7 ways to improve sleep quality and boost your mental health

This week’s piece is all about ways sleep can boost your mental health for World Sleep Day.

World Sleep Day

Happy World Sleep Day! Today is an annual awareness day started by the medical community in the United States working in sleep medicine and research. These professionals kept encountering beliefs that sleep was not a priority for wellbeing.  World Sleep Day is hosted by World Sleep Society (WSS), a nonprofit based in the United States. WSS aims to lessen the burden of sleep problems on society through better prevention and management of sleep disorders.

How sleep and mental health are connected

We have all had times where we haven’t had enough sleep. I think it’s safe to say, lack of sleep affects our mental acuity and mood. Conversely, when we have had deep quality sleep we feel alert and our mental health is boosted. We can tackle daily challenges much more effectively. Along with a healthy diet and exercise, sleep forms the third part of this trilogy. It enables growth and repair of cells, and our brains to consolidate and process information.

As research discovers exactly how sleep supports mental health, neuroimaging and neurochemistry suggests that a good night’s sleep helps foster both mental and emotional resilience. Conversely, sleep disruptions make it easier for negative thinking and emotional vulnerability to creep in.

How much sleep do I need to boost my mental health?

The recommended amount of sleep for adults is between seven to nine hours per night to function optimally. Clearly, this will vary from person to person. Research from the University of California, San Francisco found that some people carry a gene enabling them to function well on six hours of sleep per night. This gene, however, is very rare, thought to appear in less than 3% of the population. For the remaining 97%, six hours of sleep will not be sufficient. Personally, I need a lot of sleep, ideally eight to nine hours! Anything less than seven hours and I struggle. Importantly, children, teenagers and young people will require more sleep to grow and develop.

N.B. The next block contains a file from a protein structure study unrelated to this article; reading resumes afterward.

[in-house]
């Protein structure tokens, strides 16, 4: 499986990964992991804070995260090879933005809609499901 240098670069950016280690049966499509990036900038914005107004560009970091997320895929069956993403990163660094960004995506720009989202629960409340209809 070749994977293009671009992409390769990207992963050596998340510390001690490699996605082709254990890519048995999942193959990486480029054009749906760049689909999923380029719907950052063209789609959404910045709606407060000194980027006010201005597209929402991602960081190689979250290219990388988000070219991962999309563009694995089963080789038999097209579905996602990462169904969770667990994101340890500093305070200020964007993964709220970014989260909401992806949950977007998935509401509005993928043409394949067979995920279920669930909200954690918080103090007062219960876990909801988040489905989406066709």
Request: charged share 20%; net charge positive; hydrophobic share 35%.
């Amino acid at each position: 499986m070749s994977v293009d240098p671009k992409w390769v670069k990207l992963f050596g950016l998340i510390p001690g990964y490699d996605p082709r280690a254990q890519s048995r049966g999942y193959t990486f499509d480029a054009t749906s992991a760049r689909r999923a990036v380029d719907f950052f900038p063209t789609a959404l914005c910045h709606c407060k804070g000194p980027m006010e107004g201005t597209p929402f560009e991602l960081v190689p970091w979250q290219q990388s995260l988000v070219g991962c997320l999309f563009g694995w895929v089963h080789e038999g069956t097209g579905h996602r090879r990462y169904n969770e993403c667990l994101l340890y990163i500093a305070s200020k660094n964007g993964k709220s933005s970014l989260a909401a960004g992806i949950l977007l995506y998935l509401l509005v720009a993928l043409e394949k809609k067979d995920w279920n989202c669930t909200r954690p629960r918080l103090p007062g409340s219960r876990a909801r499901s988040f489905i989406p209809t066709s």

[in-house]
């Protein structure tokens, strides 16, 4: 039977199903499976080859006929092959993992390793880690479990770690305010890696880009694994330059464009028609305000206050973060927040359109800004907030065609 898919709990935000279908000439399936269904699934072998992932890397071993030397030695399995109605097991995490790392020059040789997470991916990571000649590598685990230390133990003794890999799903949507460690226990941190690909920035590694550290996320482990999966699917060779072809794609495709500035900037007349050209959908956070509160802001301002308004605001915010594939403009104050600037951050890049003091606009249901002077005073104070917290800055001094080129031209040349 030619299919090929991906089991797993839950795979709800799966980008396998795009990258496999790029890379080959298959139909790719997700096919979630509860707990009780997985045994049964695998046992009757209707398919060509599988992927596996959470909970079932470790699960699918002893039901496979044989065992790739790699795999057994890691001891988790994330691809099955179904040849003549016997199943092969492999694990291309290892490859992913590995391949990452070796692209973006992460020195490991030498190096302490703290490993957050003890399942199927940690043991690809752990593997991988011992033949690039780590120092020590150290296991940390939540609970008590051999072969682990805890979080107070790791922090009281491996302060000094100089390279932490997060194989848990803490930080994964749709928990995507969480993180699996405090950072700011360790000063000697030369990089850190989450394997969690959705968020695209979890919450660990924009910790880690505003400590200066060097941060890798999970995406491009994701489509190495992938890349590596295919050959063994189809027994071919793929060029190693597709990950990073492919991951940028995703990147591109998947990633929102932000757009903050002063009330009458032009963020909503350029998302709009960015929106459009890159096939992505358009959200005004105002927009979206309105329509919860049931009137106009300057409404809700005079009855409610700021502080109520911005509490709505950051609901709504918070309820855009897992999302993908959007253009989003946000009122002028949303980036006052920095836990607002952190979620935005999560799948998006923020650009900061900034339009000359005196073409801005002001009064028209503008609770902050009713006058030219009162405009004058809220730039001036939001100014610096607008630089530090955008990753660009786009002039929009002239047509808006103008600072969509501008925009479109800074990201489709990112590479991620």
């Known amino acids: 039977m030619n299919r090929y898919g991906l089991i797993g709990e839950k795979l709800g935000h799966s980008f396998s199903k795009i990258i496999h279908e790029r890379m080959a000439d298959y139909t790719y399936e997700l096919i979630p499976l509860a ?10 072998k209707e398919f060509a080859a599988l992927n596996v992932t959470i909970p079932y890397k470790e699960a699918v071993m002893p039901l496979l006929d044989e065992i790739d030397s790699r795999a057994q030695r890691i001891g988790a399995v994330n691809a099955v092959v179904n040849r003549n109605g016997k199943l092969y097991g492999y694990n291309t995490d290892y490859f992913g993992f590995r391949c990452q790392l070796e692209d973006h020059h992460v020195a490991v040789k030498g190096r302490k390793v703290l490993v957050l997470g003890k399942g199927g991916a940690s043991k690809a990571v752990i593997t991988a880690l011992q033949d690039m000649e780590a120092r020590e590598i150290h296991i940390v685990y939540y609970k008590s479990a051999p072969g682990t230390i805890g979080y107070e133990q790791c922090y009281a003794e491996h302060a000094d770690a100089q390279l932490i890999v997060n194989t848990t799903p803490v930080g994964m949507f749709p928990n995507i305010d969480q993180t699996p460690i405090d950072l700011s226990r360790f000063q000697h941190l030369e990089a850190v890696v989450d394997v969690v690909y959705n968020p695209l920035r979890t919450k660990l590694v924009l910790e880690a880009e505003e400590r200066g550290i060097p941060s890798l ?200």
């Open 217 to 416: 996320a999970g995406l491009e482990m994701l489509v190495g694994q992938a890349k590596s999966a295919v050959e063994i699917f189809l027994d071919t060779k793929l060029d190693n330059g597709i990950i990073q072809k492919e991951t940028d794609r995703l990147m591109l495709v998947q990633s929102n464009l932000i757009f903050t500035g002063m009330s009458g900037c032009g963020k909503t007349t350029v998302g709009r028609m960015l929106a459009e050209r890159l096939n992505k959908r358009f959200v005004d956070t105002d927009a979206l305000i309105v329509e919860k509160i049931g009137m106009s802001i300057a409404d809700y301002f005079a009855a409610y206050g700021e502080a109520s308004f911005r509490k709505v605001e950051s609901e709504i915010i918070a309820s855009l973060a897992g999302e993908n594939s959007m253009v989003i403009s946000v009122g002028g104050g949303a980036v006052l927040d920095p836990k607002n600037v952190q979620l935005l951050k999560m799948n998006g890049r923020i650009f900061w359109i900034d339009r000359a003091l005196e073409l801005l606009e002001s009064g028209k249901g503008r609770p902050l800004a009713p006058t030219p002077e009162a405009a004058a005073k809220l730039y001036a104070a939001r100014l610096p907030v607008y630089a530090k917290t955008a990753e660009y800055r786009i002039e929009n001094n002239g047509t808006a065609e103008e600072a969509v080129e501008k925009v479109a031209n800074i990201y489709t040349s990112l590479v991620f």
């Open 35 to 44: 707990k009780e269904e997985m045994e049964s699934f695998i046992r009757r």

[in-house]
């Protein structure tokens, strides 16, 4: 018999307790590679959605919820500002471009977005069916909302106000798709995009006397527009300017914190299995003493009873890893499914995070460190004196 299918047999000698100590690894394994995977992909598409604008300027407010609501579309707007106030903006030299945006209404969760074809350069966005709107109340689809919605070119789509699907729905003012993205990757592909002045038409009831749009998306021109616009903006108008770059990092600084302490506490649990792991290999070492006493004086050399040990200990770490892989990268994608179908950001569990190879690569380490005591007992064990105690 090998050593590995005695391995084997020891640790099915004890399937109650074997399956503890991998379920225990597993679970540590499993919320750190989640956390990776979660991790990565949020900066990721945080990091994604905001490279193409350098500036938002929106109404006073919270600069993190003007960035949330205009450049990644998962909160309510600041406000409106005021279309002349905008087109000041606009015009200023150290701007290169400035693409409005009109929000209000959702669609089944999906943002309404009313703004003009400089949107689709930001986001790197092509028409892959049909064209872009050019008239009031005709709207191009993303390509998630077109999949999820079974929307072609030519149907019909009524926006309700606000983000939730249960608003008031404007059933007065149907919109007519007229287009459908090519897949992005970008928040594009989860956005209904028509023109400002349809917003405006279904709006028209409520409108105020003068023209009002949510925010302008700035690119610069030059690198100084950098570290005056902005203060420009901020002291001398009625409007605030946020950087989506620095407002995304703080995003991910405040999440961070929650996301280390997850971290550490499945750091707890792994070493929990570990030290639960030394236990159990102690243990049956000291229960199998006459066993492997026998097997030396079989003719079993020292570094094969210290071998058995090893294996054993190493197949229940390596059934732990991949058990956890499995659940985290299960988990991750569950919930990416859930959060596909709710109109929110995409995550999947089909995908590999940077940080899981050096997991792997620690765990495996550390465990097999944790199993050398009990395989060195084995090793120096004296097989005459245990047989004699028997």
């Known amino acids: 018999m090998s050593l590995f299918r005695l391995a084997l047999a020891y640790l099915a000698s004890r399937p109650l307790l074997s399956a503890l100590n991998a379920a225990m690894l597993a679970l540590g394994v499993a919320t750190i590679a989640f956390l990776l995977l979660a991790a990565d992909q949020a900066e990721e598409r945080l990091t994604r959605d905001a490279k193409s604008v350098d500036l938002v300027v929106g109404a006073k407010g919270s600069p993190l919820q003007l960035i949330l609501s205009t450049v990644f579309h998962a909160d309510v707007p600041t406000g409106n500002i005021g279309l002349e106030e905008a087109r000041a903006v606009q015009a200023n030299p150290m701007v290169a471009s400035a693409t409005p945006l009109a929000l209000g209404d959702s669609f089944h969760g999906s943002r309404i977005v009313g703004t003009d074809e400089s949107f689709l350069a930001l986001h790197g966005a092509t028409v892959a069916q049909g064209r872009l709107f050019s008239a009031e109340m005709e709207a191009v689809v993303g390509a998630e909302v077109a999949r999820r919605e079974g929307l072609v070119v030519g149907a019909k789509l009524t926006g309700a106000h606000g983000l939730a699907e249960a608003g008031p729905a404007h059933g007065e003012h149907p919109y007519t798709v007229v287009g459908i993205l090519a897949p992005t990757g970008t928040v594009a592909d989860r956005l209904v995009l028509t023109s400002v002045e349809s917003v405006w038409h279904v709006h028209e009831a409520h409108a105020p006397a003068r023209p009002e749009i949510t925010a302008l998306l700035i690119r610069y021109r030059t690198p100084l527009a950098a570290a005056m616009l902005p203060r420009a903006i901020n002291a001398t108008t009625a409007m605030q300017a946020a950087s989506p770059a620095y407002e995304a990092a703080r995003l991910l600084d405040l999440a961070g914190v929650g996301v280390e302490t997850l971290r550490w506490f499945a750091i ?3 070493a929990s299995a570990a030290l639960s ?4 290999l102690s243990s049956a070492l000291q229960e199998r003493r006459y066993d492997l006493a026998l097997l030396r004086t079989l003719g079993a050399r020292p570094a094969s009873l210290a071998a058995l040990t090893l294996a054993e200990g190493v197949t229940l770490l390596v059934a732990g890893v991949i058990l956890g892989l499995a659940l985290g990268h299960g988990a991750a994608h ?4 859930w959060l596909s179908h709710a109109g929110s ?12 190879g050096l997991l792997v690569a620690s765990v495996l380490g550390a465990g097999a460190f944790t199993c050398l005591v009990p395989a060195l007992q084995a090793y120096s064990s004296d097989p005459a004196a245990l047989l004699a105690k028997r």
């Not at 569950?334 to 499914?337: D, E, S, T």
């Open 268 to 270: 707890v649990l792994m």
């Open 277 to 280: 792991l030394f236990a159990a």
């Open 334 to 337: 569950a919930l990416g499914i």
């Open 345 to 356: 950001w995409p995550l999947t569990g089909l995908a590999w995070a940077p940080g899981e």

It is not simply the number of hours but also the quality and depth of sleep. You may find that you do sleep for the recommended time, however you struggle to wake up in the morning and stay awake all day. This could be an indicator that you are not getting enough deep sleep. For more information about this Harvard Medical School blog will give you an overview.

What happens to our mental health when we don’t get enough sleep? 

It is believed that one in three people in the UK experience poor quality and/or lack of sleep. Regularly experiencing poor sleep places us at risk of physical ill-health as well as mental-ill health. There is a correlation between a lack of sleep and obesityheart disease and diabetes.  This is in addition to making us more susceptible to viruses as a result of reduced immunity. There is also an impact on life expectancy, less sleep = a shorter life.

Research shows that poor quality and/or lack of sleep is linked to physical health issues such as a weakened immune system, anxiety and depression. There is a connection between anxiety and sleep rhythms. Anxiety can result in an increased heart rate, which links to racing thoughts in the mind. In turn this racing “buzzing” mind produces beta waves. Beta waves make someone too stimulated to sleep. An active, buzzing brain is likely to trigger other thoughts and worries, making it increasing more difficult to fall asleep.

When it comes to making decisions and concentrating, it is likely that your brain is not functioning at its best when sleep deprived. Thus increasing the risk of injury and accidents at home, work and whilst driving.

Ways you can improve the quality of your sleep to boost mental health

There are a lot of sleep myths out there. I recommend the work of the sleep science guru Dr Matthew Walker. He is the founder and director of the Center for Human Sleep Science at the University of California, Berkeley. You can this 6 min video Dr Matthew Walker’s Sleep Myths to get the facts.

Here are my top seven tips to improve the quality of your sleep to boost your mental health.

1. Digital detox

Ideally, you want to switch your phone off two hours before bed. I appreciate that for many of us this is a real challenge. So, how about 30 minutes prior to bed? The issue with phones is twofold. One is consistent use of social media can increase our levels of anxiety, which does not support falling soundly asleep. The other is that our mobile device screens emit blue light. Blue light falls between 400-500nm on the visible spectrum. Interestingly, blue light occurs naturally in sunlight. It is what enables us to distinguish between night and day. However, it is responsible for managing our circadian rhythm, important in determining the sleeping and feeding patterns of all animals, including human beings. Exposure to this light prior to bed time keeps us awake and suppresses the release of the hormone melatonin, required for sleep.